The embodiment of FIGS. 8 through 18 illustrates a solid form of releaseable clip assembly wherein like parts have been given like numbers raised by 100. The means of forming the clip loop 100 is of solid material such as metal of which the tubing of the handle is made, as for example aluminum and is formed from a solid strip. Most conveniently, the portion which is fixedly attached to one of the handles may be made in an S-shape which encircles the handle and is attached thereto with a machine screw 102 and nut or rivet to prevent rotation. The other portion 104 curves upwardly to form a hook opening towards the side of the frame that will be leaned against so that that handle moves downwardly into the loop and is supported thereby. Preferably, the loop encircles the free handle slightly more than half way so that the free handle may be inserted and withdrawn from the loop by frictional passage through the restricted area at its top. Thus, the totebag may be easily opened by the user's gripping the handles and giving a slight twist of the wrist. Further, the loop 104 provides a circularly sectioned hinge so that the legs of the frame can be pulled apart at their lower ends to stand in an A-frame configuration, the hinge portion of the loop between the handle giving them adequate separation. Thus, the handle provides the combination of a rotatable hinge as well as a releasable fastening. Since the legs are free to move up and down as well as in and out in all directions, i.e., are essentially unhinged except for connection by the bag, the amount of motion required to release the handles is easily accommodated by the structure.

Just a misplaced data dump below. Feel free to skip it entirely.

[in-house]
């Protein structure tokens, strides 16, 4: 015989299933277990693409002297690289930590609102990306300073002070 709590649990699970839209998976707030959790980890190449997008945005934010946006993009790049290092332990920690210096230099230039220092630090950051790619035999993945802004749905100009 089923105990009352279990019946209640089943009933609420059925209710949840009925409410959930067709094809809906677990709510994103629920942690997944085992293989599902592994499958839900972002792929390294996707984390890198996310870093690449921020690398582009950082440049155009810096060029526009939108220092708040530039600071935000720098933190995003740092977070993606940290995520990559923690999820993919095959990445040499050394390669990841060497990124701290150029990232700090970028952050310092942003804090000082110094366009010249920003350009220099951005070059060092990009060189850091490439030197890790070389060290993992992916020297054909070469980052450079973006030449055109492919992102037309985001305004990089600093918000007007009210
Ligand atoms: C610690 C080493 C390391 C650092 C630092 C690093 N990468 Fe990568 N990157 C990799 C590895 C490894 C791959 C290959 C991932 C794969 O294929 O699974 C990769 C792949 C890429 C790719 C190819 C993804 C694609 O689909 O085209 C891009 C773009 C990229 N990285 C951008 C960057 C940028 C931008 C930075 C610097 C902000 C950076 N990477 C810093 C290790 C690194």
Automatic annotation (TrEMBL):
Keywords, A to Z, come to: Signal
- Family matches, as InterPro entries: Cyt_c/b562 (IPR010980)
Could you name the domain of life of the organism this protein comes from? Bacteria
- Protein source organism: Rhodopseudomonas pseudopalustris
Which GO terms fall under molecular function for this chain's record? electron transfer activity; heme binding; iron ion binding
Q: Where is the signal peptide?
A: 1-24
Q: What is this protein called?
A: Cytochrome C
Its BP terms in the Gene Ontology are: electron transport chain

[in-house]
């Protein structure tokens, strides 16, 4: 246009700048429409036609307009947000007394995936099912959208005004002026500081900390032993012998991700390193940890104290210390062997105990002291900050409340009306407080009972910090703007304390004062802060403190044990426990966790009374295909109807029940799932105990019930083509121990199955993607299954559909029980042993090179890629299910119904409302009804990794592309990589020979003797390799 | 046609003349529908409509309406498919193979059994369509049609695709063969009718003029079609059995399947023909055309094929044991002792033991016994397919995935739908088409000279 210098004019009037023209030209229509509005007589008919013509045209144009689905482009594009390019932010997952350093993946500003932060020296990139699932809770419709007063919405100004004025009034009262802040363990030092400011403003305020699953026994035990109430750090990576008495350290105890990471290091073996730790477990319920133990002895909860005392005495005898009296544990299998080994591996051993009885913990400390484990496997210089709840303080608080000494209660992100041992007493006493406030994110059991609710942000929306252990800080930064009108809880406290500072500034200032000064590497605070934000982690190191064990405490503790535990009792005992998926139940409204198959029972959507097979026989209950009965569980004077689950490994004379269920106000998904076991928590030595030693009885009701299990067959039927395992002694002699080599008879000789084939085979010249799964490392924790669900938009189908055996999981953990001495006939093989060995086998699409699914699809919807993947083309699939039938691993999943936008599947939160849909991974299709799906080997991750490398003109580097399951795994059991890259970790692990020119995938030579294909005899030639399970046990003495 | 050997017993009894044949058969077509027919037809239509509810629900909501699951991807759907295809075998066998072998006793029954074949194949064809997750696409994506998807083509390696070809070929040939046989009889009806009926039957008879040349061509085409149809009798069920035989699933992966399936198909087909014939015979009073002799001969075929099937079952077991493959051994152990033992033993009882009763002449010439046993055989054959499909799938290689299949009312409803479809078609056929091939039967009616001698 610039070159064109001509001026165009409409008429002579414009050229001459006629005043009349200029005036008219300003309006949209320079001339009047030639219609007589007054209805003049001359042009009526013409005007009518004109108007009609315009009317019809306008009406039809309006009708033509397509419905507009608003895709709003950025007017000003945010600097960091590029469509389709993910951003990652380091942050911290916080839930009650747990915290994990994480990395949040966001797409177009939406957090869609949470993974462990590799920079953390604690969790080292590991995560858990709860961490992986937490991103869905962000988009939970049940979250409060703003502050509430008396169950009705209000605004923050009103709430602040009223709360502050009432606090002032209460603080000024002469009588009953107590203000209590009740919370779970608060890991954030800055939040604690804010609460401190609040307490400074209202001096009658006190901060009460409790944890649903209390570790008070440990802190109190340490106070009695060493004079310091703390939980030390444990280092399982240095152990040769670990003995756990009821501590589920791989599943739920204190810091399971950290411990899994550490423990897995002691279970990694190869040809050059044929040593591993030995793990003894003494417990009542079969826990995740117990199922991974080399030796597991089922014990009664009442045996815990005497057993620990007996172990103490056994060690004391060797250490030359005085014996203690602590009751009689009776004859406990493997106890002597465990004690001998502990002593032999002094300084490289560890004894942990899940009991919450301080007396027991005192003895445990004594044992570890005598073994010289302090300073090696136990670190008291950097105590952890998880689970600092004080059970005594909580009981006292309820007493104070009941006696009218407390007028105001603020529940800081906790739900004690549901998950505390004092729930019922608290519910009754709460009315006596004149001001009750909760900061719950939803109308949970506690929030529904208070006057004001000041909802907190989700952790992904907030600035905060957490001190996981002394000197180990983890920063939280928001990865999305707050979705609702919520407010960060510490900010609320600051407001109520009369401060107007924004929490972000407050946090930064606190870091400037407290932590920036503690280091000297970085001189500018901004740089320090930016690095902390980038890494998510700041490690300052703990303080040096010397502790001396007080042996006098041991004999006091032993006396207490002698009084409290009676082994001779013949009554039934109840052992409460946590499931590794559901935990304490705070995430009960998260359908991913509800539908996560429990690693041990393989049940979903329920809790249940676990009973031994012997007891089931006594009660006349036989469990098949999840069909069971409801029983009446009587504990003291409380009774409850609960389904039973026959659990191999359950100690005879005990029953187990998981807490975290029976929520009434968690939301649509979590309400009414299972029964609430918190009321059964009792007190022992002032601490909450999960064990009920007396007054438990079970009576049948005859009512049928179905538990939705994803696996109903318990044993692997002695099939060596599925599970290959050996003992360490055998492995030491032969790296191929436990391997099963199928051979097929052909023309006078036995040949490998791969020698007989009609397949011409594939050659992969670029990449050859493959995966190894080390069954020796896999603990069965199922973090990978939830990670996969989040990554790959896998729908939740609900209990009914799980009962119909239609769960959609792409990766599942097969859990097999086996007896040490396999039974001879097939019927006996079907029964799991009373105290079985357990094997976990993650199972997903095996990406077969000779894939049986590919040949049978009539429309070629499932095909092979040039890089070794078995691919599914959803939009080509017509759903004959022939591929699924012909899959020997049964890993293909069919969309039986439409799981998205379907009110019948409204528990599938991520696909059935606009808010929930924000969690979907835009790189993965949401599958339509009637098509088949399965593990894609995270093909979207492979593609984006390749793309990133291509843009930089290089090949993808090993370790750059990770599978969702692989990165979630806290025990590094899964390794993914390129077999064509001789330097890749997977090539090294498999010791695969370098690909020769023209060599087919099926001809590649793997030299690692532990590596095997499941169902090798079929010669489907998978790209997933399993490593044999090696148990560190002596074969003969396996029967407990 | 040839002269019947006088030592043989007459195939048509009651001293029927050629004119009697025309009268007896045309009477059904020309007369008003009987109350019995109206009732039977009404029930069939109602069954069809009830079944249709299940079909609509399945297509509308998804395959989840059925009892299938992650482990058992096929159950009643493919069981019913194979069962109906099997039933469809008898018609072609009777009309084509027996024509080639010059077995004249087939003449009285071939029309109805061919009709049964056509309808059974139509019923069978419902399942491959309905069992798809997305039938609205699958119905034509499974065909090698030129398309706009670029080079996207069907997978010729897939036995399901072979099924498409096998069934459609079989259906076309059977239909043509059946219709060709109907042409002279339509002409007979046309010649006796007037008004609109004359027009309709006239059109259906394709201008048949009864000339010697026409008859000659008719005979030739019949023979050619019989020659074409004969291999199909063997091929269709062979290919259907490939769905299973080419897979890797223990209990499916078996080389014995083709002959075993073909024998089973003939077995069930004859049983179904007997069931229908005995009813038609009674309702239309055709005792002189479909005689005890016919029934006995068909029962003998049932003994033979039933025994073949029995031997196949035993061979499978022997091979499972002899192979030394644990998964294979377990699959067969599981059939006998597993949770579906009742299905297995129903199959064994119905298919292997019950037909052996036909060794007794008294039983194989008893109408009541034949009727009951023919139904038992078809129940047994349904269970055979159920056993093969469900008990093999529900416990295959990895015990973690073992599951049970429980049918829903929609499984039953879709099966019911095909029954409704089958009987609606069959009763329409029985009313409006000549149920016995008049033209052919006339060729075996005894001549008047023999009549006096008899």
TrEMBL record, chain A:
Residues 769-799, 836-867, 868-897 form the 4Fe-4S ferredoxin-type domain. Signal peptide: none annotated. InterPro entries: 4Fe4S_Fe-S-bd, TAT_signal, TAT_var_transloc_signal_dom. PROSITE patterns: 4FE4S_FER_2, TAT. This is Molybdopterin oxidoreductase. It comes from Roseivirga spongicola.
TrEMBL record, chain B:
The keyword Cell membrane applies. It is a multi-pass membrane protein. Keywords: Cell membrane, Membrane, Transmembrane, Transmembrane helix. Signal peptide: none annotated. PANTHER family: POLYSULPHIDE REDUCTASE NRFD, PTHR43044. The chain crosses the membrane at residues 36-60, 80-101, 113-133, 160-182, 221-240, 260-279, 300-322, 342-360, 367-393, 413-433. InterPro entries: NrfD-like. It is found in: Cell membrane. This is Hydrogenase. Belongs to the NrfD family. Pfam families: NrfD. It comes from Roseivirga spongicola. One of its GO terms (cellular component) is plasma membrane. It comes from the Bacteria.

FIG. 11 shows the use of a tie 106 which may be secured to the handle fastening means so as not to be lost and otherwise simply loops around the handle and may be tied up so as to secure the same against being released by upward motion.